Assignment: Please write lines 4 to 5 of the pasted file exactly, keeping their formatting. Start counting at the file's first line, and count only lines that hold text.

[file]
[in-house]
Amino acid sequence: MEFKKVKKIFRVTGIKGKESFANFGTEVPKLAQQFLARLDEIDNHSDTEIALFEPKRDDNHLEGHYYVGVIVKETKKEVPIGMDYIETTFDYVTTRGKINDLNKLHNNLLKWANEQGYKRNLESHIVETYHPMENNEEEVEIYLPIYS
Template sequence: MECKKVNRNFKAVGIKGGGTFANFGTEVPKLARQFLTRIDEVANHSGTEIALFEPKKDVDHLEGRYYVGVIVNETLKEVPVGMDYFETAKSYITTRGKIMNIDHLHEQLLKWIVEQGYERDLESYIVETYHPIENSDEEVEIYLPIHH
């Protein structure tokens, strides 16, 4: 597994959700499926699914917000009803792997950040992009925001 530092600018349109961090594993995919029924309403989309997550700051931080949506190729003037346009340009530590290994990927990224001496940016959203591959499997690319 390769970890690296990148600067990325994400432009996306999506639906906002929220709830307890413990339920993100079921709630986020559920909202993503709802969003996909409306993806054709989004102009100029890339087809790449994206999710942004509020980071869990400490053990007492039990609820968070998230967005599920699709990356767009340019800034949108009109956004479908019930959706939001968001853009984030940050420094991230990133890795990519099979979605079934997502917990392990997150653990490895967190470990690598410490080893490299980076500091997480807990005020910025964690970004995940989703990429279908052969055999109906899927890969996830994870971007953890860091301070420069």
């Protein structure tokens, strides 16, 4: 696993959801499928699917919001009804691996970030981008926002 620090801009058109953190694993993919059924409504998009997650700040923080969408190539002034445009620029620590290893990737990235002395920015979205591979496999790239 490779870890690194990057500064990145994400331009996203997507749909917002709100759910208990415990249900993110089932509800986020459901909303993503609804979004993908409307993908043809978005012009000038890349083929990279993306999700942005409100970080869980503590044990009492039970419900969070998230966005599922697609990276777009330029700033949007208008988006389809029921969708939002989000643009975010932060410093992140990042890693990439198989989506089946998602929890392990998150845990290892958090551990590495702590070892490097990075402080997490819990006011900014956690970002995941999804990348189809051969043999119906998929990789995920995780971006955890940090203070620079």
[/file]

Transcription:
């Protein structure tokens, strides 16, 4: 597994959700499926699914917000009803792997950040992009925001 530092600018349109961090594993995919029924309403989309997550700051931080949506190729003037346009340009530590290994990927990224001496940016959203591959499997690319 390769970890690296990148600067990325994400432009996306999506639906906002929220709830307890413990339920993100079921709630986020559920909202993503709802969003996909409306993806054709989004102009100029890339087809790449994206999710942004509020980071869990400490053990007492039990609820968070998230967005599920699709990356767009340019800034949108009109956004479908019930959706939001968001853009984030940050420094991230990133890795990519099979979605079934997502917990392990997150653990490895967190470990690598410490080893490299980076500091997480807990005020910025964690970004995940989703990429279908052969055999109906899927890969996830994870971007953890860091301070420069």
């Protein structure tokens, strides 16, 4: 696993959801499928699917919001009804691996970030981008926002 620090801009058109953190694993993919059924409504998009997650700040923080969408190539002034445009620029620590290893990737990235002395920015979205591979496999790239 490779870890690194990057500064990145994400331009996203997507749909917002709100759910208990415990249900993110089932509800986020459901909303993503609804979004993908409307993908043809978005012009000038890349083929990279993306999700942005409100970080869980503590044990009492039970419900969070998230966005599922697609990276777009330029700033949007208008988006389809029921969708939002989000643009975010932060410093992140990042890693990439198989989506089946998602929890392990998150845990290892958090551990590495702590070892490097990075402080997490819990006011900014956690970002995941999804990348189809051969043999119906998929990789995920995780971006955890940090203070620079």